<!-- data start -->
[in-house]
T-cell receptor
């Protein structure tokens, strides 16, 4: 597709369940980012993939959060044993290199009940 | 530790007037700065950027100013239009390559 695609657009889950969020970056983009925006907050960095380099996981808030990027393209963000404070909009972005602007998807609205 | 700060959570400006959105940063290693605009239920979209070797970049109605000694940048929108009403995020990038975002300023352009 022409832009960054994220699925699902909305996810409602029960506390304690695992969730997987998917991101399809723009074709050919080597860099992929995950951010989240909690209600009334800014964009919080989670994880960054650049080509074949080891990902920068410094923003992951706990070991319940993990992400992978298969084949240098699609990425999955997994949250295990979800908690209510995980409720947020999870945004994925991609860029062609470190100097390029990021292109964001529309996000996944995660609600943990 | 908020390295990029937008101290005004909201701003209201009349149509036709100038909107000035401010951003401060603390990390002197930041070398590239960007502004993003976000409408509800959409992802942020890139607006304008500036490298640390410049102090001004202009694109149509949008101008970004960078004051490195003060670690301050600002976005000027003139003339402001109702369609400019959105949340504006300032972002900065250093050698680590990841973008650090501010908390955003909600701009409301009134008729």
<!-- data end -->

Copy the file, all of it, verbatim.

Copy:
[in-house]
T-cell receptor
């Protein structure tokens, strides 16, 4: 597709369940980012993939959060044993290199009940 | 530790007037700065950027100013239009390559 695609657009889950969020970056983009925006907050960095380099996981808030990027393209963000404070909009972005602007998807609205 | 700060959570400006959105940063290693605009239920979209070797970049109605000694940048929108009403995020990038975002300023352009 022409832009960054994220699925699902909305996810409602029960506390304690695992969730997987998917991101399809723009074709050919080597860099992929995950951010989240909690209600009334800014964009919080989670994880960054650049080509074949080891990902920068410094923003992951706990070991319940993990992400992978298969084949240098699609990425999955997994949250295990979800908690209510995980409720947020999870945004994925991609860029062609470190100097390029990021292109964001529309996000996944995660609600943990 | 908020390295990029937008101290005004909201701003209201009349149509036709100038909107000035401010951003401060603390990390002197930041070398590239960007502004993003976000409408509800959409992802942020890139607006304008500036490298640390410049102090001004202009694109149509949008101008970004960078004051490195003060670690301050600002976005000027003139003339402001109702369609400019959105949340504006300032972002900065250093050698680590990841973008650090501010908390955003909600701009409301009134008729």